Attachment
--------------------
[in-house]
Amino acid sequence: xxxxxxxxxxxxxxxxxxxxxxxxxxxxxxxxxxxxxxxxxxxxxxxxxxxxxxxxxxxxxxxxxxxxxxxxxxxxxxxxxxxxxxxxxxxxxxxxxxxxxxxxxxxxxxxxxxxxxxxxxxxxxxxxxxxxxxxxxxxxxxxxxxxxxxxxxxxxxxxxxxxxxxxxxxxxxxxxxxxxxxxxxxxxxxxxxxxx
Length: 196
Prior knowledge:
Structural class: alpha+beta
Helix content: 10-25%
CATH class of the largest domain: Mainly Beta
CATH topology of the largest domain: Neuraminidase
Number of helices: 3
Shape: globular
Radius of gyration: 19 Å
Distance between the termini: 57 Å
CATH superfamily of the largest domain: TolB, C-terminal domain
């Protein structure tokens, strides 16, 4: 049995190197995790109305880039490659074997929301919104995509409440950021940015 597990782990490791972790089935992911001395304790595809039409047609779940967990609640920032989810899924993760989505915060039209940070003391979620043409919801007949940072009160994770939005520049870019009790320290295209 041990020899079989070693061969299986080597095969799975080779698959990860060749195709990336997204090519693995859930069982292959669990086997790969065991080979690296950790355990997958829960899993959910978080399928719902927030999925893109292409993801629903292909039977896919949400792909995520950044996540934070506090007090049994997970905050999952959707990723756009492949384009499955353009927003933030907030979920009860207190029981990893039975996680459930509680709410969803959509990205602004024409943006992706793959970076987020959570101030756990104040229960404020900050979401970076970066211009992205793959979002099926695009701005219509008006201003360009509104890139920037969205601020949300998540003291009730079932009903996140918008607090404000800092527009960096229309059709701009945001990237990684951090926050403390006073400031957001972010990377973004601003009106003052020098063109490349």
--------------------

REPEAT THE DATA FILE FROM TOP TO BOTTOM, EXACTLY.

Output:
[in-house]
Amino acid sequence: xxxxxxxxxxxxxxxxxxxxxxxxxxxxxxxxxxxxxxxxxxxxxxxxxxxxxxxxxxxxxxxxxxxxxxxxxxxxxxxxxxxxxxxxxxxxxxxxxxxxxxxxxxxxxxxxxxxxxxxxxxxxxxxxxxxxxxxxxxxxxxxxxxxxxxxxxxxxxxxxxxxxxxxxxxxxxxxxxxxxxxxxxxxxxxxxxxxx
Length: 196
Prior knowledge:
Structural class: alpha+beta
Helix content: 10-25%
CATH class of the largest domain: Mainly Beta
CATH topology of the largest domain: Neuraminidase
Number of helices: 3
Shape: globular
Radius of gyration: 19 Å
Distance between the termini: 57 Å
CATH superfamily of the largest domain: TolB, C-terminal domain
């Protein structure tokens, strides 16, 4: 049995190197995790109305880039490659074997929301919104995509409440950021940015 597990782990490791972790089935992911001395304790595809039409047609779940967990609640920032989810899924993760989505915060039209940070003391979620043409919801007949940072009160994770939005520049870019009790320290295209 041990020899079989070693061969299986080597095969799975080779698959990860060749195709990336997204090519693995859930069982292959669990086997790969065991080979690296950790355990997958829960899993959910978080399928719902927030999925893109292409993801629903292909039977896919949400792909995520950044996540934070506090007090049994997970905050999952959707990723756009492949384009499955353009927003933030907030979920009860207190029981990893039975996680459930509680709410969803959509990205602004024409943006992706793959970076987020959570101030756990104040229960404020900050979401970076970066211009992205793959979002099926695009701005219509008006201003360009509104890139920037969205601020949300998540003291009730079932009903996140918008607090404000800092527009960096229309059709701009945001990237990684951090926050403390006073400031957001972010990377973004601003009106003052020098063109490349």